The Japan Forum on International Relations

September 23,2020

A Strategic Vision Required for Suga Diplomacy

Mr. SUGA Yoshihide, Chief Cabinet Secretary, was elected as the new President of the Liberal Democratic Party by winning over 70% of the support at the party election held on September 14. He is going to be nominated as the 99th Prime Minister at the extraordinary session of the National Diet on the 16th. It was fortunate that the incoming cabinet would be established, without a political vacuum, after only 19 days since the announcement of PM ABE Shinzo’s resignation due to recurrence of his health condition. In the party presidency campaign, Mr. SUGA pledged “the succession and moving forward” based on PM ABE’s policy as his commitment if elected. While PM ABE, the longest serving leader of the country, left big achievements in the last 7 year and 8 months, there are some major political issues like revision of the constitution still remained. Such issues require the wide national support, as well as firm will and capacity to make a bold action to move them forward. Having been the longest serving Chief Cabinet Secretary himself, Mr. Suga seems confident of his diplomatic policy as he says that he took part and played a key role in all the major policy decisions during the Abe cabinet. His diplomatic capacity as Prime Minister, however, is yet to be known.

Soon after turning to the 21st century, after 9/11 attacks in 2001, the world surrounding Japan has entered the age of uncertainty. China’s economic and military rise has led its relations with the United States at the level of the “cold war,” instability in Asia, Iran’s nuclear development and trembling Middle East, the dividing West —the world is at the historic turning point. The liberal international order established in the post-World War II period is concerned to be collapsing due to relative decline of the US and the increase of emerging countries’ voices, including of China. Unpredictable outbreaks such as the novel coronavirus will occur, and the chances of the collapse of the power balance in the current world is not zero. It is inevitable for Japan to have a strong plan to resiliently counteract, and to safely protect its nationals and territories in order to survive any emergency cases occur in the world.

How the “post-Abe” administration of Japan would like the world to be, and what would be Japan’s role to help realize that? The first and major assignment of the Suga administration is to lay out its strategic vision of the policy that covers diplomacy, defense, security and economy. The biggest unavoidable agenda in Japan’s external relation is that of the US & China, and its stance towards both sides. The US-China frictions are intensifying in the security field —missile defense, maritime and homeland security—- as well as in the international economy such as at the reform talk of the World Trade Organization (WTO). The intensity keeps getting harder as the US presidential election in November is in near sight, between Xi Jinping’s China leveraging its Belt and Road Initiative in an attempt to establish new international order of their liking, versus Trump’s US administration concluding that the previous administrations’ China engagement policy was a failure. How Japan prefer the international order to be, and how and what way could it be achieved? Japan’s diplomatic efforts will be further needed to enhance its international influence to gain the worldwide support on its vision, and a specific roadmap to achieve it.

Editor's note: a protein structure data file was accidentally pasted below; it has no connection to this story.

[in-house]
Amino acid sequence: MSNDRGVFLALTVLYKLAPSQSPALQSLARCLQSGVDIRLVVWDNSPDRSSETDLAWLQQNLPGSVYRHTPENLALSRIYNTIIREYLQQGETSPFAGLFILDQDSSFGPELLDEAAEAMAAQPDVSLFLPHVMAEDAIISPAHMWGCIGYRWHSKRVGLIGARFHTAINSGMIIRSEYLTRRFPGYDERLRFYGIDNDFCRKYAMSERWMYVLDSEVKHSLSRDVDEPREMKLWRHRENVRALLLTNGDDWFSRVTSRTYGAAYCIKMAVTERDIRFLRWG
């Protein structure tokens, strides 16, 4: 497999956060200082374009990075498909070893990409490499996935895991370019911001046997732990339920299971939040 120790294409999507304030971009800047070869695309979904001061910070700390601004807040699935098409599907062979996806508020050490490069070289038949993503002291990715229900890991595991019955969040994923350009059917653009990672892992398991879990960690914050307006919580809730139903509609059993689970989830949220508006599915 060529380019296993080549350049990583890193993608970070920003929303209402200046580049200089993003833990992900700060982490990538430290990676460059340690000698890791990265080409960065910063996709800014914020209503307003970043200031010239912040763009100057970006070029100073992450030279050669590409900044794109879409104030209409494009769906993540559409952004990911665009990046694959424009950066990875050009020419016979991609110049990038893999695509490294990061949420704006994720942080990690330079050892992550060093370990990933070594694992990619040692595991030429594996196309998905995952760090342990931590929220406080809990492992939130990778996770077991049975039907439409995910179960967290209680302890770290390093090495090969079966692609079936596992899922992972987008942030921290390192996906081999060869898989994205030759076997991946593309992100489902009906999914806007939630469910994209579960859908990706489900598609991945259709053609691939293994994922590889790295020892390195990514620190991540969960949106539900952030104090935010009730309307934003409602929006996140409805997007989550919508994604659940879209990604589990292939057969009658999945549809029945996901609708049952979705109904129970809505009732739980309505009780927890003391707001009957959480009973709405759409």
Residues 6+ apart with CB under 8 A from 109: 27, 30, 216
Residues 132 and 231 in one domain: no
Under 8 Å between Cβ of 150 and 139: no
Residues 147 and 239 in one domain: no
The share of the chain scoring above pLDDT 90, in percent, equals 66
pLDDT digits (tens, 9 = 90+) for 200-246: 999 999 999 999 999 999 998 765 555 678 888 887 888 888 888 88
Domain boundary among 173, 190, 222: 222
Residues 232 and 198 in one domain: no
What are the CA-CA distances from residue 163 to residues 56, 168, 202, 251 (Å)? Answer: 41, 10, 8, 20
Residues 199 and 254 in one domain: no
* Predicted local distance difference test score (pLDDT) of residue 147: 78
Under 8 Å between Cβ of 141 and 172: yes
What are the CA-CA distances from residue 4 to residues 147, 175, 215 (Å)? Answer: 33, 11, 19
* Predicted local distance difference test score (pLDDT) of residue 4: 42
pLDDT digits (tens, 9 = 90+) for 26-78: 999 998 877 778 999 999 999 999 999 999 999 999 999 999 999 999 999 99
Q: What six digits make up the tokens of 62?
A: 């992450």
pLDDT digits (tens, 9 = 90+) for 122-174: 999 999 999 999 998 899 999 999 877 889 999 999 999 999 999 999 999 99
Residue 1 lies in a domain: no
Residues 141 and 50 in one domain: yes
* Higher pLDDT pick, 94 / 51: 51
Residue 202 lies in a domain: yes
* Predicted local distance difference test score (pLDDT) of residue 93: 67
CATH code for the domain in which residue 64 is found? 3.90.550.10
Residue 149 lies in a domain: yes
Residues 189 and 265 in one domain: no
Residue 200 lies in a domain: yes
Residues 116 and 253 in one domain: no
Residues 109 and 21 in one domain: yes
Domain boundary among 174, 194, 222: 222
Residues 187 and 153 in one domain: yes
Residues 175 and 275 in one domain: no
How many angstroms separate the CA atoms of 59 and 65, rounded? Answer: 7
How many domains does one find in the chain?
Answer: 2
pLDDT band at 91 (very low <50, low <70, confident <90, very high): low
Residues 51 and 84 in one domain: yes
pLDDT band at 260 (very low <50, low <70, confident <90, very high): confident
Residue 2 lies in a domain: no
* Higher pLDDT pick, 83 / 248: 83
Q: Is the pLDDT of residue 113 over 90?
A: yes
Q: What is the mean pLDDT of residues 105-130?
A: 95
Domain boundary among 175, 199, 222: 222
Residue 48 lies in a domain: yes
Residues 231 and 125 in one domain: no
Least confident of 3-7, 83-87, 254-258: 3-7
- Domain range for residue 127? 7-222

Mr. Suga said in the debate program on NHK that, based on his recognition the improvement of the US-China relations will bring the stability in the world, a strategic diplomacy is needed, rather than straight choice of “with US or with China.” The rest of the world is struggling to take balance in their relations with the US and China. For Japan, the US is a security ally, while China remains to be a close economic partner on one hand, does not relax its repeated, strong anti-Japan campaign —violating territorial waters of Senkaku Islands, or export embargo on rare earth materials, for example— depending on the timings on the other. Historically proven whoever they are against, China shows no mercy to weaker opponent, and will not offend the stronger. Armor peeks out from their ‘smile diplomacy.’ That characteristics have been clear throughout the history of China’s policy on the negotiations of the normalization of the diplomatic relations with Japan, and with the US, since Deng Xiaoping. Even under Abe administration, pro-China lawmakers in the ruling LDP and Komei Party apparently had influence over the government’s policy towards China and restricted its security policy. Needless to say, Japan-China relations will be sought based on the stronger deterrence by the Japan-US alliance. Mr. Suga shall be reminded that the immediate issue for Japan is nothing but to strengthen its own defense capacity against the violation of its sovereignty, including the ‘gray zone crisis’ that Senkaku Islands are exposed.

(This is the English translation of an article written by NABESHIMA Keizo, Critic, which originally appeared on the e-forum “Hyakka-Seiho (Hundred Flowers in Full Bloom)” of JFIR on September 15, 2020.)